By Martin Banks - 14th February 2012
This agreement is going in the wrong direction
Senior MEP Rebecca Harms has called for a controversial international copyright agreement to be scrapped.
Pressure on the anti-counterfeiting trade agreement (ACTA) has risen after public demonstrations in several European cities at the weekend.
Harms has added to the furore by calling for the agreement to be abandoned.
Speaking in parliament on Tuesday, Harms, the joint leader of the Greens/EFA group in parliament, said, "This agreement is going in the wrong direction and it should be scrapped."
Her comments come in the wake of similar doubts about the agreement expressed by parliament's president Martin Schulz at the weekend.
On German television network ARD, Schulz said of the treaty, "I don't find it good in its current form."
Schulz said that the balance between copyright protection and the individual rights of internet users "is only very inadequately anchored in this agreement".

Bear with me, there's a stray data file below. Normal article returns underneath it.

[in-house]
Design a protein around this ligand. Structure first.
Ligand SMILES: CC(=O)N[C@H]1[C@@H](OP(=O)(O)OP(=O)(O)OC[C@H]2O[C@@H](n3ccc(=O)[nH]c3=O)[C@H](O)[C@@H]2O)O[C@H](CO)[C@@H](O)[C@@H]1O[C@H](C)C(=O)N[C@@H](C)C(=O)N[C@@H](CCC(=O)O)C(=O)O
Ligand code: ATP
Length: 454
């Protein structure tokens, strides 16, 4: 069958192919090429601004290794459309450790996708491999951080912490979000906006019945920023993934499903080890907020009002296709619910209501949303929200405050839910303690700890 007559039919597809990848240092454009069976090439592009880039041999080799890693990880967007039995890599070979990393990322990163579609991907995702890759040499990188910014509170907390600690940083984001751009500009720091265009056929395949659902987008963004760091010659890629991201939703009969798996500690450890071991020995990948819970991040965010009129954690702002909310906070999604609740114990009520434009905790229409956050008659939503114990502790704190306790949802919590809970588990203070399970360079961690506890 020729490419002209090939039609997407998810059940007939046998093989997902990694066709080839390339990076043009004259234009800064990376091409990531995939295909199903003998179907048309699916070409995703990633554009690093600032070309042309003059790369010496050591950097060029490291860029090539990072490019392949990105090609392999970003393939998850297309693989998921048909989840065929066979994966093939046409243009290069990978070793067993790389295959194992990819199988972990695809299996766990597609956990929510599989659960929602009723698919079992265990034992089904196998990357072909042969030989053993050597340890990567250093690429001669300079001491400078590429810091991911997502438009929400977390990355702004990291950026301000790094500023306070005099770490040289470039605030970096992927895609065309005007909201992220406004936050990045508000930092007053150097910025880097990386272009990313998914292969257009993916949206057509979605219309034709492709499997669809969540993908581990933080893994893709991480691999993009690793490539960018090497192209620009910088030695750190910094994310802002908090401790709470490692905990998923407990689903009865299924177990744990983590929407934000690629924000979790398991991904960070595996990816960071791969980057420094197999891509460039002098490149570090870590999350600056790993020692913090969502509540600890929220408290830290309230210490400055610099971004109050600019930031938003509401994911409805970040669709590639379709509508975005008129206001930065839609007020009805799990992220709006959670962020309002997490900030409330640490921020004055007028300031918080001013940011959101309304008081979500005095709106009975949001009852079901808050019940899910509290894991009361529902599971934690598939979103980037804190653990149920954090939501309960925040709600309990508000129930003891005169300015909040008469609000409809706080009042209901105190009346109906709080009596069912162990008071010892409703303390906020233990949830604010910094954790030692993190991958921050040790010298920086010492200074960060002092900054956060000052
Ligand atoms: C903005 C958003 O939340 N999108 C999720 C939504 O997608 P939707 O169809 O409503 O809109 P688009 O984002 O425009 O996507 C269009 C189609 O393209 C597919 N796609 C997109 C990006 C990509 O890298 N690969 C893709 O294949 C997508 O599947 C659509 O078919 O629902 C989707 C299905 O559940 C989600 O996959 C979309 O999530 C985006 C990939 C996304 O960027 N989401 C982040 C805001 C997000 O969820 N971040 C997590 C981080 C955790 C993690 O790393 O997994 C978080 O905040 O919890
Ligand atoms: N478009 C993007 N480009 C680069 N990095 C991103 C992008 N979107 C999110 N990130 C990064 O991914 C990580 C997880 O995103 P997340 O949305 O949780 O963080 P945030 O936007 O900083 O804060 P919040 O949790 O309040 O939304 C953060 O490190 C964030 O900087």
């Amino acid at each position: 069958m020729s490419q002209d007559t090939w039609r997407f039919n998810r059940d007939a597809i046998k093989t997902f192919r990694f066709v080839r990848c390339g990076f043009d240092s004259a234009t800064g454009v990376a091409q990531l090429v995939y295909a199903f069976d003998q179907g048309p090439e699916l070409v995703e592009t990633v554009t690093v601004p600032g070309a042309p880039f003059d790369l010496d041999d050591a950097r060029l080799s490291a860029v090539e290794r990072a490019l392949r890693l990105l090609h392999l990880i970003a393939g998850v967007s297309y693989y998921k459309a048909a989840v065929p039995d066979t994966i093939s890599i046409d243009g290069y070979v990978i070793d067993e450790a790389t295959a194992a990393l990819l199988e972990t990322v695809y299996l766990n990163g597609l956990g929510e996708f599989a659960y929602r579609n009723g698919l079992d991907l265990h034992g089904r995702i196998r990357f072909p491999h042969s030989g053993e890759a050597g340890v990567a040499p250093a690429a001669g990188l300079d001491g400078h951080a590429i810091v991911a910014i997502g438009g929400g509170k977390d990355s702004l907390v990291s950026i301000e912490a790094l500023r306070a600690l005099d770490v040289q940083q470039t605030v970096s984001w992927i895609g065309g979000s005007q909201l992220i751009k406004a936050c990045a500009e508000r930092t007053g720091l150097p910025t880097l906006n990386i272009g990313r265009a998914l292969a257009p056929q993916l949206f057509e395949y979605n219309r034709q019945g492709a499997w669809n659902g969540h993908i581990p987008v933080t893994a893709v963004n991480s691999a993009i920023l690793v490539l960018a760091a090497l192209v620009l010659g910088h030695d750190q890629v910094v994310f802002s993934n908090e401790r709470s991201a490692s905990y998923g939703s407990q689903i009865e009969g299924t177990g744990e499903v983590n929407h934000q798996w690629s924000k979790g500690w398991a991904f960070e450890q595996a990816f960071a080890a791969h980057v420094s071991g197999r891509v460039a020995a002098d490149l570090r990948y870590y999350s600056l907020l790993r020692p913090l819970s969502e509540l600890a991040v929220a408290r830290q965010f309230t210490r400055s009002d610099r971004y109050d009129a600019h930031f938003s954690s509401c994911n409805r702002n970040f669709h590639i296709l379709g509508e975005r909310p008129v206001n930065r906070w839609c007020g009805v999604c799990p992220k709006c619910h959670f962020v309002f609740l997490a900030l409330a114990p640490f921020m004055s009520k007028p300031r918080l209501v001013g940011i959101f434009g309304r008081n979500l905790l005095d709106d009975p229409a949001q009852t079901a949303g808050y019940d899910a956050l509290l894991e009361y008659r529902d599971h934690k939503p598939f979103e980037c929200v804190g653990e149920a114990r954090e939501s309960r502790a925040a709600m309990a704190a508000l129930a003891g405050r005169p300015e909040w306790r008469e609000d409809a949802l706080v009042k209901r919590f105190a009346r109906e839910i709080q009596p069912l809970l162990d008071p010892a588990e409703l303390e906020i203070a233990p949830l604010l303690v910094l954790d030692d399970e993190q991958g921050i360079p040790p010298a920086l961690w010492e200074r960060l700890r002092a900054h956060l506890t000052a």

Supporters of the agreement insist it will not create new laws and is necessary to standardise copyright protection measures.
ACTA is an international treaty aiming to standardise copyright protection measures. It seeks to curb trade of counterfeited physical goods, including copyrighted material online.
Preventative measures include possible imprisonment and fines. Critics argue that it will stifle freedom of expression on the internet.
ACTA has been signed by 22 member states but is yet to be ratified by parliament.
The international trade committee will hold its first discussion on the deal on 29 February and parliament will stage a public workshop on 1 March.
Addressing a news conference during the plenary in Strasbourg, Harms, a German deputy, said she favoured efforts to combat counterfeiting.
But she added, "What we need first is a thorough debate on the questions of authors' rights and ACTA is not the answer."
British S&D member David Martin, recently appointed parliament's rapporteur on the issue, has called for a "facts-based" discussion before any decisions are made.
In their news conferences, Guy Verhofstadt, the ALDE leader, and EPP leader Joseph Daul, both declined to comment on the deal, saying they were awaiting group meetings on the issue.